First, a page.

The purpose of the project is to investigate on the housing problem today in Haiti. Slum development, the multiplication of T-shelters, the continuity factor of IDP camps and even the dilemma that landowners are facing to rebuild their homes post the earthquake: all of this issues remain prevalent in Haiti, despite the billions pledged by international aid on solving the housing issue post the earthquake. For many, this remains a dream which has never come to fruition.
With an aim to answer to these issues and to contribute to the development of coherent strategies and practical solutions, Mososah is implementing a Haiti housing watch initiative. This approach is not reinventing the wheel or proposing a new humanitarian effort but rather investigating the work and strategize on innovative analysis which can resolve the overall problem.
The Haiti Housing Watch will solicit local expertise and will involve Haitian citizens to take part in the debates which usually involve major donors and NGOs.
More than 200,000 homes were destroyed in the 2010 earthquake. 350,000 people are still living in IDP camps and 110,000 households are living in temporary shelters and none of them know for which lapse of time. Displaced citizens have joined the hundreds of thousands of Haitians who are forced to survive in the slums of Port-au-Prince and the major cities. The rural migration continues, and the cycle goes on. It is estimated that by 2025, at least 800,000 homes will lack.
In Port-au-Prince, new settlements are growing chaotically on land exposed to various sources of natural hazard, without access to basic services (water, drainage, electricity). The overcrowding of existing homes increased even more.
Thus far, there has been only two governmental projects which focused on home construction, yet, the second, which raised many critics, has not been completed as of yet. Furthermore, here and there, projects funded by NGOs, which rarely involved the opinion of Haitians are emerging without any real coordination with the Haitian Government’s plan. As a result, self-construction remains the only practical way to build which raises a concern since most of those building lack technical skills.
To date it would be common to ask how many homes have been rebuilt? Well, very few...thousands, maybe? Who monitors these new constructions and under what conditions do they shelter Haitian families? How do international donors influence the reconstruction process? What projects are developed locally and what challenges do they face?
What are the programs implemented by the Haitian government? Has the plan for decentralization collapsed? What are the plans for downtown Port-au-Prince, which was severely damaged by the earthquake? What could be the definition of a decent Haitian house? Under what conditions does the entire Haitian population live today? What are the pressing needs and areas most in demand?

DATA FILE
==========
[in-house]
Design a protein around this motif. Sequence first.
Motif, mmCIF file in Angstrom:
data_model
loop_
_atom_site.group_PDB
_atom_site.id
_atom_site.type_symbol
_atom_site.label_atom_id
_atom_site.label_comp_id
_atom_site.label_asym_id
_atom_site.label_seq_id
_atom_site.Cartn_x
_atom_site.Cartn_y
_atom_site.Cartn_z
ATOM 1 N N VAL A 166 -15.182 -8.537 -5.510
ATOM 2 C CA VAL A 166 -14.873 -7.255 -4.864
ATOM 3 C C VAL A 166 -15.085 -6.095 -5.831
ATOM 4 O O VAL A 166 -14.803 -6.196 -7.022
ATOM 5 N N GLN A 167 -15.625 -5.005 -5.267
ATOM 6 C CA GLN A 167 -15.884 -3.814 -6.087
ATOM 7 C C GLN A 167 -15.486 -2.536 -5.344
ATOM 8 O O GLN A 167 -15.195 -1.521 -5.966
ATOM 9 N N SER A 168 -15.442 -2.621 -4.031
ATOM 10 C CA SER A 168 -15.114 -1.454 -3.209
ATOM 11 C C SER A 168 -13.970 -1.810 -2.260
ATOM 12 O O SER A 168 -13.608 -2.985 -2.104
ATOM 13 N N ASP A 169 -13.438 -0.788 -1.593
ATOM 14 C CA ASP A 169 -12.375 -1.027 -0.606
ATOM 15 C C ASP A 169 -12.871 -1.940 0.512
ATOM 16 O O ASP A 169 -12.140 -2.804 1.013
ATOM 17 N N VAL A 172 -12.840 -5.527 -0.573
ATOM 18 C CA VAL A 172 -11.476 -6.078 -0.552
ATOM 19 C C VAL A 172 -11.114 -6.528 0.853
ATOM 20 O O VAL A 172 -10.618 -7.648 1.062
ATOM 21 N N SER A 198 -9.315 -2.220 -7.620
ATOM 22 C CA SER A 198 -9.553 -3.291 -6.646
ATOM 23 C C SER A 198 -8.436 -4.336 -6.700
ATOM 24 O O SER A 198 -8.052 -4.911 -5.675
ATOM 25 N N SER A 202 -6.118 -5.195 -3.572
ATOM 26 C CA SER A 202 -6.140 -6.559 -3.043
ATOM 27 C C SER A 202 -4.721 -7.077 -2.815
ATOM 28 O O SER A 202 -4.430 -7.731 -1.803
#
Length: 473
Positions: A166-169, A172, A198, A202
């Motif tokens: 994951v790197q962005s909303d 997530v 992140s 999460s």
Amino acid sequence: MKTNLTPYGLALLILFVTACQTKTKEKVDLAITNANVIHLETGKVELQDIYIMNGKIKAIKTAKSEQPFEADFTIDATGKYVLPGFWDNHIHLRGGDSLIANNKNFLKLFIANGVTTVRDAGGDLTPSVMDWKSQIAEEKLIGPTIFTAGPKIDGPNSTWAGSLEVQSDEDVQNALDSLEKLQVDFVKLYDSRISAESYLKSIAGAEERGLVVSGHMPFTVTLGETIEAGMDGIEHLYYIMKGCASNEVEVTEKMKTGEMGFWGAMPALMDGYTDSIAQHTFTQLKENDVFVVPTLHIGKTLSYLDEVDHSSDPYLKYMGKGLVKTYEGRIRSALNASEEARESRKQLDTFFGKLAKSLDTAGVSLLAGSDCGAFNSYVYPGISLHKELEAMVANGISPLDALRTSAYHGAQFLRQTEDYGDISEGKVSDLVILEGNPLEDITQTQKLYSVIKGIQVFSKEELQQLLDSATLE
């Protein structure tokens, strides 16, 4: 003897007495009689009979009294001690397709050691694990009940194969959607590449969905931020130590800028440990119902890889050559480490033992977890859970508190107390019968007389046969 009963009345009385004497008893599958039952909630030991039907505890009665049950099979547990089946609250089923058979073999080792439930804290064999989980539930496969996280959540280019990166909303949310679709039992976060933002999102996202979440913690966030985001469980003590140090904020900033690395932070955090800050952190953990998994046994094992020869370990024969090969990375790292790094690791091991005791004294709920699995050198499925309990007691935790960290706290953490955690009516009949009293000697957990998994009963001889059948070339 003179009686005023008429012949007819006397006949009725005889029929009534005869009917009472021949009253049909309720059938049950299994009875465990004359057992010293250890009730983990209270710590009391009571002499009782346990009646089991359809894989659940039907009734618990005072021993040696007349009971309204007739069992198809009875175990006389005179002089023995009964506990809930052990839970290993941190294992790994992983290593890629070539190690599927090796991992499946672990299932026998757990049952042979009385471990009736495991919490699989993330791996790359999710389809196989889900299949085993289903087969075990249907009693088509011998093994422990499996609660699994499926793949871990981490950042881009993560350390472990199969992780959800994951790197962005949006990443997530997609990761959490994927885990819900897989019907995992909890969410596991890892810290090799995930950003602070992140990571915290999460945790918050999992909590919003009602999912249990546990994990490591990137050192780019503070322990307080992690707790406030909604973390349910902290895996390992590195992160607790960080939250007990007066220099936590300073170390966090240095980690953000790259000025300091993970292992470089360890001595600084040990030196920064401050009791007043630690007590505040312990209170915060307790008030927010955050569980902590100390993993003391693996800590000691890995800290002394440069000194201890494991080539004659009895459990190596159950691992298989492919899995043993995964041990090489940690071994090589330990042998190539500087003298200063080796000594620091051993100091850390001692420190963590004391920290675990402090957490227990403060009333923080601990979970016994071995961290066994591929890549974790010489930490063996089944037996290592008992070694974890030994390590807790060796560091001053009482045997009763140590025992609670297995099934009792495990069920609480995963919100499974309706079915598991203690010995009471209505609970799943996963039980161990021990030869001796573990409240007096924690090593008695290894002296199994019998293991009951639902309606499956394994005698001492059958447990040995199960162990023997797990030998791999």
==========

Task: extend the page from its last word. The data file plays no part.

Our goal: to inform, analyze and publish
Mososah’s ultimate goal is to support relocation and decent housing for all Haitians. However, to achieve this goal, more information and observations are needed to develop a coherent and effective strategy, not only for our organization but also for all those who wish to invest in the development of the housing sector in Haiti. However, these data are insufficiently available.
The Haiti housing watch that we are seeking support for, has set specific objectives:
- Collect, process and publish news on the issue of housing through a network of local journalists and editors. Observe what is good and less worthy, collect the testimonies of Haitians, and identify all ongoing projects.
- Additionally, prepare an annual report on the subject of housing centered on the priorities documented throughout the year and propose recommendations. This paper will analyze the challenges and success factors, assess progress, report failures, describe broad trends and draw attention to emergencies.
- Build a network of organizations and stakeholders in the housing problem who are willing to publicize both their local difficulties and the solutions implemented.
Our system: a network of observers
To do this, we will create and coordinate a small network of local journalists (with the ambition to develop it in the next years) so they can explore the housing problem from different angles. Their work will be published on our future website and distributed via our newsletter (pending the development of media partnerships). It will be completed by an annual report that will synthesize all sources from the local press, the government and its services, other Haitian organizations, international organizations and international NGOs involved in the housing sector. Mososah's team will write annual recommendations for decision makers (politicians, associations, donors, etc...) and the general public. We also aim to develop a directory of all organizations implicated in housing building and the projects they carry. Finally, we will open our website pages to analysts, researchers and observers who wish to publish their own work and framework
This fund-raising will allow the watch to function for the first three months: website design, recruitment of writers, payment and publication of the first articles, investigations, field trips and information retrieval. Also, your confidence will allow us to convince institutional donors or corporate foundations to contribute to our budget and conduct the adventure as far as possible.
We want to start our project modestly and then gradually consolidate the network and our lines of work.
In any case, and whatever success we undertake with our complementary approaches, your contribution will allow the Haiti housing watch to exist.